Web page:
The application of adenosine triphosphate (ATP) luminometry for monitoring sanitized hospital surfaces is an evolving infection control practice. The goal of this study is to validate and compare 3 commercially available ATP luminometry, swab, rapid-test systems for use in hospital surface sanitization testing. Regulatory agencies may consider this a point-of-care laboratory test; it is therefore imperative that validation criteria are established.
The ability of instruments to measure long-term stability of ATP dried on surfaces was determined. Dilutions of 3 species of microorganisms and a blood sample were dried onto a surface and tested. The performance characteristics of instruments were compared side-by-side for their ability to recover microorganism-derived ATP from surfaces.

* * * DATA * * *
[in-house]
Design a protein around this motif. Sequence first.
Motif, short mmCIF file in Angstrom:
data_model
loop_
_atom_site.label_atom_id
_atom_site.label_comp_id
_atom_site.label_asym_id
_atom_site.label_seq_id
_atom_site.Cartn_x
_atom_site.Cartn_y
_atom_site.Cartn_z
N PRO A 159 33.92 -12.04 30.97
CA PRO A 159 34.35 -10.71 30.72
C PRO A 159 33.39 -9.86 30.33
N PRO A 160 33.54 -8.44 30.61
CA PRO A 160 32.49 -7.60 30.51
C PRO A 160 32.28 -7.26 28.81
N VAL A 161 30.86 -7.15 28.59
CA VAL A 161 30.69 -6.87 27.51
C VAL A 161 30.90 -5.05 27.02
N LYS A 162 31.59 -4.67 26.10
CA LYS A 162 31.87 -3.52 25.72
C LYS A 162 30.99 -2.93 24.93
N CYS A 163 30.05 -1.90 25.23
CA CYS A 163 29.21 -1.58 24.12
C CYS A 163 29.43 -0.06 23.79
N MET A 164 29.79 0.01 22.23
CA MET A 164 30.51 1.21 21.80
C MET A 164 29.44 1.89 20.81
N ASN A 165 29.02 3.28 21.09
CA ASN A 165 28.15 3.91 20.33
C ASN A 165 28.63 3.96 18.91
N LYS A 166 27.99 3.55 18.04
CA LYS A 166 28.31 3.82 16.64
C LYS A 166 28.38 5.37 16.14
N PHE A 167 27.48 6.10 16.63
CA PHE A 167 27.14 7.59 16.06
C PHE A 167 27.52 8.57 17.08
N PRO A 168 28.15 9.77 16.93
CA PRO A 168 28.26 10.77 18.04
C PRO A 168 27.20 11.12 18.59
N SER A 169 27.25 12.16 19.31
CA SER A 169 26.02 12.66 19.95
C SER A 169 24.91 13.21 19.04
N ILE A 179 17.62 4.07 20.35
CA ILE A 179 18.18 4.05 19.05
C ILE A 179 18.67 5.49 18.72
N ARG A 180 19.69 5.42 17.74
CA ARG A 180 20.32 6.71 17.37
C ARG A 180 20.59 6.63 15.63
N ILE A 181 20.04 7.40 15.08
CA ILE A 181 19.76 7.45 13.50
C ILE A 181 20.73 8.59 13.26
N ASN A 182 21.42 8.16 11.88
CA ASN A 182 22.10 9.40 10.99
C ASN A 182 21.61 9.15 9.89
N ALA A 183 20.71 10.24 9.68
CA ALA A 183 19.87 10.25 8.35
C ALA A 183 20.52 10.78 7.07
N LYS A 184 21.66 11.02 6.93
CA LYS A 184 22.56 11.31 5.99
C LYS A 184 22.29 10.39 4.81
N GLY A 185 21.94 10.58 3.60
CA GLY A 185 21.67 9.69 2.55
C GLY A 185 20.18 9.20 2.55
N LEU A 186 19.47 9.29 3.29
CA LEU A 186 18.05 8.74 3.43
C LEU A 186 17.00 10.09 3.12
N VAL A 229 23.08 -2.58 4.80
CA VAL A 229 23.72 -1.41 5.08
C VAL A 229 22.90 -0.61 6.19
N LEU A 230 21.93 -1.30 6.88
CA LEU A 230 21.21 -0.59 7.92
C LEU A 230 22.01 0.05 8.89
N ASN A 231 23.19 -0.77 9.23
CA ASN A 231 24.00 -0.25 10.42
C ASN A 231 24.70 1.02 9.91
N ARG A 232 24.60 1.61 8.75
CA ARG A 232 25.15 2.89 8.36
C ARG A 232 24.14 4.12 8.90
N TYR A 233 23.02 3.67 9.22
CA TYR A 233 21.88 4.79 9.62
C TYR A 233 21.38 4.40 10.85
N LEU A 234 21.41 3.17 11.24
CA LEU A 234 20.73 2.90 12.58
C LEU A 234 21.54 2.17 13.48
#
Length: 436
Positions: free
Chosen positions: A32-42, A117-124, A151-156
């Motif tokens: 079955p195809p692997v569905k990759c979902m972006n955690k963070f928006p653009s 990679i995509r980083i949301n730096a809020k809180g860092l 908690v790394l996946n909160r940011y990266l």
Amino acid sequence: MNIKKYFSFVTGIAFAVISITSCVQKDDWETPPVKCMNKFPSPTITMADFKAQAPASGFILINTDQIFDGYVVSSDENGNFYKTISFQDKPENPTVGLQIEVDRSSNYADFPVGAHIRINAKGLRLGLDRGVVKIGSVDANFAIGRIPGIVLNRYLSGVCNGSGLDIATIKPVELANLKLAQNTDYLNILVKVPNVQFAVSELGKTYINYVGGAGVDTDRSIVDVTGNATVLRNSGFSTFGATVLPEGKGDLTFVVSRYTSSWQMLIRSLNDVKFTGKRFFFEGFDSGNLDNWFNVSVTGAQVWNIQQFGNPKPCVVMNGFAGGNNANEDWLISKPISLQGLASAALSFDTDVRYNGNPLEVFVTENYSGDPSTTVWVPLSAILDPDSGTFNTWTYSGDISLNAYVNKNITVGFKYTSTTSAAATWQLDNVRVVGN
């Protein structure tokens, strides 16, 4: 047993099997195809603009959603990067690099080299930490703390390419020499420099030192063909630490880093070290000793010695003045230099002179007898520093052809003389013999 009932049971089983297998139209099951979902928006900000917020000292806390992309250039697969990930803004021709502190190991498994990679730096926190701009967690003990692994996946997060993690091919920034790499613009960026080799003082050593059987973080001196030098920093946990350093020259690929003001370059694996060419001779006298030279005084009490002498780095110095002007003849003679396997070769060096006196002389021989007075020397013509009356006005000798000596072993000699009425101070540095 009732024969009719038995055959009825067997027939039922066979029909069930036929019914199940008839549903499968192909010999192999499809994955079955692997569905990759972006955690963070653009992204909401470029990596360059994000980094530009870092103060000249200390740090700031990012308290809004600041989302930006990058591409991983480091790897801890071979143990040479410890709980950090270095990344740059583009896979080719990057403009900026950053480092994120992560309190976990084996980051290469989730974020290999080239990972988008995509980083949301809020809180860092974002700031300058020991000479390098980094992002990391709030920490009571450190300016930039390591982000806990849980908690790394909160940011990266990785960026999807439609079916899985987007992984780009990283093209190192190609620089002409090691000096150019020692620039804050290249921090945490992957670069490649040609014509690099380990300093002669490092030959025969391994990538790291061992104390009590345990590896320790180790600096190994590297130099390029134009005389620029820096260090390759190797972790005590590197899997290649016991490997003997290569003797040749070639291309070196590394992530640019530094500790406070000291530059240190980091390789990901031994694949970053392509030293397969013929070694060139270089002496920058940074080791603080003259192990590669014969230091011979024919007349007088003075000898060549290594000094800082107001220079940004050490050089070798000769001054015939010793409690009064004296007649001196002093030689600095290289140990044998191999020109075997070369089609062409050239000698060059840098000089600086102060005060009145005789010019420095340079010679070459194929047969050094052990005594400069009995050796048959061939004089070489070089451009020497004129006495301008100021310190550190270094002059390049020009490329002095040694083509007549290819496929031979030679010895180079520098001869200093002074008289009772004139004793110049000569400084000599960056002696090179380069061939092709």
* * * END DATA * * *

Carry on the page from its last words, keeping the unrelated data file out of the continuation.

Timed studies showed that surface biologic-ATP remained detectable for 10 days. Instrument clinical sensitivity, precision, detection range, limit of detection, and linearity were determined. Swab recovery of microorganisms from surfaces varied by instrument and organism. All 3 systems detected microorganisms in the presence of disinfectants.
All instruments were validated, but only 1 was verified, because of variations in performance for each system. These studies indicate that careful consideration of the technologic application and instrument performance are important criteria for the selection of an ATP monitoring system.
Am J Infect Control. 2012 Oct;40(8):e233-9. doi: 10.1016/j.ajic.2012.04.318
AUTHORS: Sciortino CV, Giles RA
Robley Rex Veterans Affairs Medical Center, Pathology and Laboratory Medicine Service, Louisville, KY 40206, USA. [email protected]
Copyright Â© 2012 Association for Professionals in Infection Control and Epidemiology, Inc. All rights reserved.